The Rev’d Carlos de la Torre
Christ Church, New Haven, Conn.
April 13, 2017
In the name of the Father, and of the Son, and of the Holy Spirit. Amen.
Two years ago from this year's Easter Day, on the 16th of April, I was ordained into the Sacred Order of Deacons. At my ordination, I was blessed to have Fr Tony Lewis serve as the preacher -- some of you may know Fr Lewis as a friend of this parish and professor emeritus of my Southern home and training ground, Virginia Seminary.
In preparation for my anniversary as a Deacon, I read through his sermon manuscript. And once again, I was moved by his words and insight as scholar and priest.
At the conclusion of his sermon, Fr Lewis invited me to stand up and commissioned me with a “charge.” Turning to the familiar words of Bishop Frank Weston, Fr Lewis quoted the Bishop’s address at the Anglo-Catholic Congress:
“Now go out into the highways and hedges where not even the Bishops will try to hinder you. Go out and look for Jesus in the ragged, in the naked, in the oppressed and sweated, in those who have lost hope, in those who are struggling to make good. Look for Jesus. And when you see him, gird yourselves with his towel and try to wash their feet.”
I have known and carried these words with me since my earliest days in Anglicanism and have used the words of Bishop Frank Weston in classes and sermons, just as recent as this past Sunday. However, two years after my ordination, I have come to appreciate the complexity and the power behind Bishop Frank Weston’s words.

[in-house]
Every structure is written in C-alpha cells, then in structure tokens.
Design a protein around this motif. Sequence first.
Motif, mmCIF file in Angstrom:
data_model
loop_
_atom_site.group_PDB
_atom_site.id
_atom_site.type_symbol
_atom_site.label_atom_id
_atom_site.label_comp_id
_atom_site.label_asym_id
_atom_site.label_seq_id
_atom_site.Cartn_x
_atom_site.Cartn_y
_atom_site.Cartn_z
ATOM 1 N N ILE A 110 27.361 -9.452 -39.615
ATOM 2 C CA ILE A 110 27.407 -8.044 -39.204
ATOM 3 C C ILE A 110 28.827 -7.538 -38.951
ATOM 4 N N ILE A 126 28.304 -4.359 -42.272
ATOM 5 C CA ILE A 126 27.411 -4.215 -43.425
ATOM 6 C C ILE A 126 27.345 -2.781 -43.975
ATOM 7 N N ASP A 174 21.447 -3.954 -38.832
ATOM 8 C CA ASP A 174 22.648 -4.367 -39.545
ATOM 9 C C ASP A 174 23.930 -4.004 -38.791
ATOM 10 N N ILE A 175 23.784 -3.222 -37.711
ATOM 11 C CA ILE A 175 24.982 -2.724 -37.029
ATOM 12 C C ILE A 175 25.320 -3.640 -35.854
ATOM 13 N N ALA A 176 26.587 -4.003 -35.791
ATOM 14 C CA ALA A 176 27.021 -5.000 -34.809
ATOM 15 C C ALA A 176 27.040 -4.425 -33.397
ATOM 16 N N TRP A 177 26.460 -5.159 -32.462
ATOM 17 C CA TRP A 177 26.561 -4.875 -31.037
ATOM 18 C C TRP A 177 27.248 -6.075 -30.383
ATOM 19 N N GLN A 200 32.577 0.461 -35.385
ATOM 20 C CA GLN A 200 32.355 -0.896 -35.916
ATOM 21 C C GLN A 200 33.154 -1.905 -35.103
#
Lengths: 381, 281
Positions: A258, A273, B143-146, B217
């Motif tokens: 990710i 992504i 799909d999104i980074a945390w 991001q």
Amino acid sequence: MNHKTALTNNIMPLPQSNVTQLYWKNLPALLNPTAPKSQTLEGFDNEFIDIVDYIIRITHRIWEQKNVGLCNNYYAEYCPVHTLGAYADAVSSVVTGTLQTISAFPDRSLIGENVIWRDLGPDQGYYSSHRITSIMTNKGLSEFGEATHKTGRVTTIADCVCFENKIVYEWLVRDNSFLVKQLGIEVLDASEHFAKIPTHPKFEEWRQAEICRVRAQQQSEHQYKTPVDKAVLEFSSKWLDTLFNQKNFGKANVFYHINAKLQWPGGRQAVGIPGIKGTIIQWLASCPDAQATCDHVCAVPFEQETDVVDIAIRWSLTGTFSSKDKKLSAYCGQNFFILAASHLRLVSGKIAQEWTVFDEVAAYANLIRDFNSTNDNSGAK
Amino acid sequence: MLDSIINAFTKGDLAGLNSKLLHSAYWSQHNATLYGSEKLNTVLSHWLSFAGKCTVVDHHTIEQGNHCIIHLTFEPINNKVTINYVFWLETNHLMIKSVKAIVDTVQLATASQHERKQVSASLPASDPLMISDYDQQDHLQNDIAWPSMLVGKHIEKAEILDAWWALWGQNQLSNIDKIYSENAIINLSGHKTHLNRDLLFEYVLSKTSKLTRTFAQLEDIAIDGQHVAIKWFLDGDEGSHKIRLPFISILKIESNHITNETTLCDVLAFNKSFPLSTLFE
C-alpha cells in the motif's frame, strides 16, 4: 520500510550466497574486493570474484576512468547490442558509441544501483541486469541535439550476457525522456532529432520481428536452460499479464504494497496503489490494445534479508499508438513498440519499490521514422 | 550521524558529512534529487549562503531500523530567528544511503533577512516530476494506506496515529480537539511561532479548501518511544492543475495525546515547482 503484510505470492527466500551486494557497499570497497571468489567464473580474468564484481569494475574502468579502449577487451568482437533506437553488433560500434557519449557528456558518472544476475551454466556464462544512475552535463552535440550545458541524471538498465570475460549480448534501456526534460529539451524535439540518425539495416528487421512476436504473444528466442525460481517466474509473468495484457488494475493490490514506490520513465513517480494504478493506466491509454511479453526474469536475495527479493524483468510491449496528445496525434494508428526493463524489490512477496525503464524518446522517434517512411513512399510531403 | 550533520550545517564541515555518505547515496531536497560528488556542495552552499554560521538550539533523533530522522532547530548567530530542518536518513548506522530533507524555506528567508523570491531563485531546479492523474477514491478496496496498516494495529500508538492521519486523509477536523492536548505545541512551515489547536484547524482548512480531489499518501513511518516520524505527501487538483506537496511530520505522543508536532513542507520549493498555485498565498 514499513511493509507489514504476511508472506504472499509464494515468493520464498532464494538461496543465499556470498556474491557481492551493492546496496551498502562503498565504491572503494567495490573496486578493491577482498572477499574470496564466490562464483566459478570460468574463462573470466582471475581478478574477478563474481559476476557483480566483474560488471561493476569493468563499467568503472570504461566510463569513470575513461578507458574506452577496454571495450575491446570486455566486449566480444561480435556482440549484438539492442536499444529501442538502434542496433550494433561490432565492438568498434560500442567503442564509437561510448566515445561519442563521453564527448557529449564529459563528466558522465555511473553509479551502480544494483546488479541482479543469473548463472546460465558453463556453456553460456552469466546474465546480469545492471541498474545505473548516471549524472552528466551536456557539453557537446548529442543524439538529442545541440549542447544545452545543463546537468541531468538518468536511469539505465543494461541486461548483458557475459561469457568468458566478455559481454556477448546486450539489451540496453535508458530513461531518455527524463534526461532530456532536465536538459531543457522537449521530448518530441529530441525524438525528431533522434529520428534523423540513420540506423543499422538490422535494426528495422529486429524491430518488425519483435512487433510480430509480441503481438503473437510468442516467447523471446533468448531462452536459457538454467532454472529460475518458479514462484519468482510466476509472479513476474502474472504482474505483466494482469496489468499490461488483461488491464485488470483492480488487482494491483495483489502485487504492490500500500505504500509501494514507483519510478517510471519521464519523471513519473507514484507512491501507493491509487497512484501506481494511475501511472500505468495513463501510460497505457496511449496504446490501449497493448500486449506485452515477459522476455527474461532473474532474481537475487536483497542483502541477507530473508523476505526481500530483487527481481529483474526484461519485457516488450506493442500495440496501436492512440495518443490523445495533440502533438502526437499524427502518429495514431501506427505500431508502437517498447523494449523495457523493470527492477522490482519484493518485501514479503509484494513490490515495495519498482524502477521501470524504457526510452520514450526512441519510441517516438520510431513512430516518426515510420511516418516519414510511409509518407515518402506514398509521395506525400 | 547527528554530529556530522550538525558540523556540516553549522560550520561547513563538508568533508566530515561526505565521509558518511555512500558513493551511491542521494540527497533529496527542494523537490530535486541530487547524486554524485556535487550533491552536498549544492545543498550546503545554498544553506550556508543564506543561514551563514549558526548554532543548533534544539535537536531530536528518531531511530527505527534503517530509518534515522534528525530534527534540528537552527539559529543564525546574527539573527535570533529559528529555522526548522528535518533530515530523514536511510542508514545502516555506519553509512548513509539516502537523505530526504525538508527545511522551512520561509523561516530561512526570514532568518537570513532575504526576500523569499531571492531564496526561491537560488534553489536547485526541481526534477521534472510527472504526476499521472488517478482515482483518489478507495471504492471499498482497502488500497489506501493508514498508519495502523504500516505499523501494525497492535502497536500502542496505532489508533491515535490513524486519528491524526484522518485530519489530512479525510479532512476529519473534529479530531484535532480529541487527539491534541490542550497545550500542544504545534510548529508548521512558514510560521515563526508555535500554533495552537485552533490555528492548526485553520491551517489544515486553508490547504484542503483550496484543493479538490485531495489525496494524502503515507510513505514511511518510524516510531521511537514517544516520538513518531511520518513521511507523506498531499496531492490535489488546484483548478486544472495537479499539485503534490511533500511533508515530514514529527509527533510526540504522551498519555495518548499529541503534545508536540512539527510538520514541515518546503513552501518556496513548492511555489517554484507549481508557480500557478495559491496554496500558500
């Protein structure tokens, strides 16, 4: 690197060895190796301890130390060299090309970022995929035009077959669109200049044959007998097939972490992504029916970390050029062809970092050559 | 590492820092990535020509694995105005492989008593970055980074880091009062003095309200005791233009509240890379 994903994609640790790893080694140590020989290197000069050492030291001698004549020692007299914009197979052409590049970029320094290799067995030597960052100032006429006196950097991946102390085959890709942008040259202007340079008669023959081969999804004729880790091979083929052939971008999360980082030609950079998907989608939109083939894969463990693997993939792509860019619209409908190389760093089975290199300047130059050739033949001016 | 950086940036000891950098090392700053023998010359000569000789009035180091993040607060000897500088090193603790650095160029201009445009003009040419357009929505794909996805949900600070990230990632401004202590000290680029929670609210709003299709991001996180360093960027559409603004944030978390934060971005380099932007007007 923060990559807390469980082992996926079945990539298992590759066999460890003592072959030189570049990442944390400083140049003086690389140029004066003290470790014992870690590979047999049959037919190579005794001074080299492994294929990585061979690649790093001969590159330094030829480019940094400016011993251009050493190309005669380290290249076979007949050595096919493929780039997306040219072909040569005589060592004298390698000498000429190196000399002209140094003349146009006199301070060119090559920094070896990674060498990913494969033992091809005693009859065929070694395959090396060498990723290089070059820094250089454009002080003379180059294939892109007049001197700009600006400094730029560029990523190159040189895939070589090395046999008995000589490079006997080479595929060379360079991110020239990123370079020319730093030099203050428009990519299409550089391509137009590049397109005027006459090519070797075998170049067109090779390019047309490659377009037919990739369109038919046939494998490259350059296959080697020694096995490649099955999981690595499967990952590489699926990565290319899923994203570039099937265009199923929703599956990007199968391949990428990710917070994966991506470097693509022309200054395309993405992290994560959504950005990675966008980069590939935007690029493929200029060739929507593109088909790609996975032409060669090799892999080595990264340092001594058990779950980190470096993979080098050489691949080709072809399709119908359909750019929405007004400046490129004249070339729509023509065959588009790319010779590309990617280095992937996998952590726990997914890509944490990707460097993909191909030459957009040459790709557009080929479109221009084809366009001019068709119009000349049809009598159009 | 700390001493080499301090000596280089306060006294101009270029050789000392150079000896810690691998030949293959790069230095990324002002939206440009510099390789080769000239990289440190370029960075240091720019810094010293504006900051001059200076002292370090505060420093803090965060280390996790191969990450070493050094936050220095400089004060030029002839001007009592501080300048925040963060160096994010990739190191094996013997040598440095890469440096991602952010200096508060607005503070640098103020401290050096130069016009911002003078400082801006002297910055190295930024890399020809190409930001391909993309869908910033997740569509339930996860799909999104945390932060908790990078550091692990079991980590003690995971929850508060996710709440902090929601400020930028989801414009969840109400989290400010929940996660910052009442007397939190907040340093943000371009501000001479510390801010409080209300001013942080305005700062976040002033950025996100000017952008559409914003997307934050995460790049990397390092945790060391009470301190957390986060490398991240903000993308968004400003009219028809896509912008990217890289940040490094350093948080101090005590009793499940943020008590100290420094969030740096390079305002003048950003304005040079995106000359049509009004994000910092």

The charge to gird ourselves with the towel of Christ and seek those in the streets and attempt to wash their feet is not merely an invitation from a Bishop echoed in sermons and teachings like those of Fr Lewis, it is our opportunity to join in the practices of Christ. Our Lord washed the feet of his disciples as a sign of his love for them. The act of rolling up our sleeves and washing the feet of our friends, strangers, and even our enemies, is our response to God’s command that we love one another, as we have been loved by Christ. Participating in the ritual of foot washing, we join Jesus and his disciples in an act of love and fellowship.
In his days on earth, Jesus and his disciples would have walked for miles on end. As our Gospel stories so often tell us, Jesus and his disciples would have travelled all over Judea visiting the sick, the poor, and the needy. Their feet would have been blistered and even bloodied from long walks through the Judean terrain.
Yet our Lord does not let the appearance or smell caused by long travel stop him from washing the feet of those whom he loves. Our Lord is not stopped by the standards of our physical world, or societal roles that create a caste of those worthy and unworthy, nor is he stopped by earthly vanities, rather Jesus pours out his love for his disciples by pouring water over the feet of those whom he has loved.
Jesus’ love is made known to us in a simple act of humility and care. In our lives, Jesus’ love is made known to us again and again by the simplest act of love. The embrace of a person in the midst of hard day, a kiss from a loved one, the prayer and affirmation of a stranger who without knowing us sees our pain and struggle. Jesus’ love is made known to us in both in ordinary acts of kindness that recognizes our divine creation and existence. And week after week, day after day, Jesus’ love is made known to us in the Sacrifice of the Mass. Where God takes our ordinary bread and wine and physically transforms them into the extraordinary gift that is the Blessed Sacrament of our Lord’s Body and Blood.